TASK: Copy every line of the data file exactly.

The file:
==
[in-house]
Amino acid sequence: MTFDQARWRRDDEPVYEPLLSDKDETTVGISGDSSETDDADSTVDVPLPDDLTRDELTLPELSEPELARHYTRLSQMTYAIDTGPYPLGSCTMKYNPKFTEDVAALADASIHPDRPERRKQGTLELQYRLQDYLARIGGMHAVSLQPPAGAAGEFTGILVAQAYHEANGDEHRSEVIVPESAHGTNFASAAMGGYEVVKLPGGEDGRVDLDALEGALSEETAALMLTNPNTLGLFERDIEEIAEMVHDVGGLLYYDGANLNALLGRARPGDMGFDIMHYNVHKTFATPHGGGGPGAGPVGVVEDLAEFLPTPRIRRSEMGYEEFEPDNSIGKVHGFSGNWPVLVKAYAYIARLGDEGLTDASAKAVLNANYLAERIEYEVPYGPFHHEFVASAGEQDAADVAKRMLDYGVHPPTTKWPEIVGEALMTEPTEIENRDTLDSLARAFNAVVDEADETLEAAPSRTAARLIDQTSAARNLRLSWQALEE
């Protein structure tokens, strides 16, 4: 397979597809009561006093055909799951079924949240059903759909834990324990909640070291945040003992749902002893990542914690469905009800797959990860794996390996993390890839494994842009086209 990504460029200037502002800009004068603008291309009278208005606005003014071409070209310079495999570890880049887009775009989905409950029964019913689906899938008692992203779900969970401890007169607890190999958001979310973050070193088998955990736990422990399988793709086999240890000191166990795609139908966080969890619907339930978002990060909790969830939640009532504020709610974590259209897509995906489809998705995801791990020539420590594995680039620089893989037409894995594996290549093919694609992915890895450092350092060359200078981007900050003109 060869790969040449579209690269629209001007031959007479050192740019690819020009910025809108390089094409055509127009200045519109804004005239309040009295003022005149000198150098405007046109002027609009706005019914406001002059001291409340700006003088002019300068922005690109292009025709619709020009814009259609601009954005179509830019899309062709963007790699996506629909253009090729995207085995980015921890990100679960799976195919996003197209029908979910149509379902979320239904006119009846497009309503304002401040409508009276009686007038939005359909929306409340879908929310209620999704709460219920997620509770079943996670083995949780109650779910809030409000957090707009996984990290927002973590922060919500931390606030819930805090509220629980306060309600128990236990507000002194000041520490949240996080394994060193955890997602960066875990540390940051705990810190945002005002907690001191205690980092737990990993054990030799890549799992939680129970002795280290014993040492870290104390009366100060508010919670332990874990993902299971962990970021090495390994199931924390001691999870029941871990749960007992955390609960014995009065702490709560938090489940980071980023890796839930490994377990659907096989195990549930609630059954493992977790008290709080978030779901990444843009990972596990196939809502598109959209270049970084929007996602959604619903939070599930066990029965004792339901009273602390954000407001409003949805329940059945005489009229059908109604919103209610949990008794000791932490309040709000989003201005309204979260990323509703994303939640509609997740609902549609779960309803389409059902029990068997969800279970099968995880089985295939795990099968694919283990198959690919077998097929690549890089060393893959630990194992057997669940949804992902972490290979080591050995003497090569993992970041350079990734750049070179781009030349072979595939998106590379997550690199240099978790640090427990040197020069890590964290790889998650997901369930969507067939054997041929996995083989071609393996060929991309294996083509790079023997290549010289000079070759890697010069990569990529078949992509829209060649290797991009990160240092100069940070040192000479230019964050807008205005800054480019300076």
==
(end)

[in-house]
Amino acid sequence: MTFDQARWRRDDEPVYEPLLSDKDETTVGISGDSSETDDADSTVDVPLPDDLTRDELTLPELSEPELARHYTRLSQMTYAIDTGPYPLGSCTMKYNPKFTEDVAALADASIHPDRPERRKQGTLELQYRLQDYLARIGGMHAVSLQPPAGAAGEFTGILVAQAYHEANGDEHRSEVIVPESAHGTNFASAAMGGYEVVKLPGGEDGRVDLDALEGALSEETAALMLTNPNTLGLFERDIEEIAEMVHDVGGLLYYDGANLNALLGRARPGDMGFDIMHYNVHKTFATPHGGGGPGAGPVGVVEDLAEFLPTPRIRRSEMGYEEFEPDNSIGKVHGFSGNWPVLVKAYAYIARLGDEGLTDASAKAVLNANYLAERIEYEVPYGPFHHEFVASAGEQDAADVAKRMLDYGVHPPTTKWPEIVGEALMTEPTEIENRDTLDSLARAFNAVVDEADETLEAAPSRTAARLIDQTSAARNLRLSWQALEE
């Protein structure tokens, strides 16, 4: 397979597809009561006093055909799951079924949240059903759909834990324990909640070291945040003992749902002893990542914690469905009800797959990860794996390996993390890839494994842009086209 990504460029200037502002800009004068603008291309009278208005606005003014071409070209310079495999570890880049887009775009989905409950029964019913689906899938008692992203779900969970401890007169607890190999958001979310973050070193088998955990736990422990399988793709086999240890000191166990795609139908966080969890619907339930978002990060909790969830939640009532504020709610974590259209897509995906489809998705995801791990020539420590594995680039620089893989037409894995594996290549093919694609992915890895450092350092060359200078981007900050003109 060869790969040449579209690269629209001007031959007479050192740019690819020009910025809108390089094409055509127009200045519109804004005239309040009295003022005149000198150098405007046109002027609009706005019914406001002059001291409340700006003088002019300068922005690109292009025709619709020009814009259609601009954005179509830019899309062709963007790699996506629909253009090729995207085995980015921890990100679960799976195919996003197209029908979910149509379902979320239904006119009846497009309503304002401040409508009276009686007038939005359909929306409340879908929310209620999704709460219920997620509770079943996670083995949780109650779910809030409000957090707009996984990290927002973590922060919500931390606030819930805090509220629980306060309600128990236990507000002194000041520490949240996080394994060193955890997602960066875990540390940051705990810190945002005002907690001191205690980092737990990993054990030799890549799992939680129970002795280290014993040492870290104390009366100060508010919670332990874990993902299971962990970021090495390994199931924390001691999870029941871990749960007992955390609960014995009065702490709560938090489940980071980023890796839930490994377990659907096989195990549930609630059954493992977790008290709080978030779901990444843009990972596990196939809502598109959209270049970084929007996602959604619903939070599930066990029965004792339901009273602390954000407001409003949805329940059945005489009229059908109604919103209610949990008794000791932490309040709000989003201005309204979260990323509703994303939640509609997740609902549609779960309803389409059902029990068997969800279970099968995880089985295939795990099968694919283990198959690919077998097929690549890089060393893959630990194992057997669940949804992902972490290979080591050995003497090569993992970041350079990734750049070179781009030349072979595939998106590379997550690199240099978790640090427990040197020069890590964290790889998650997901369930969507067939054997041929996995083989071609393996060929991309294996083509790079023997290549010289000079070759890697010069990569990529078949992509829209060649290797991009990160240092100069940070040192000479230019964050807008205005800054480019300076």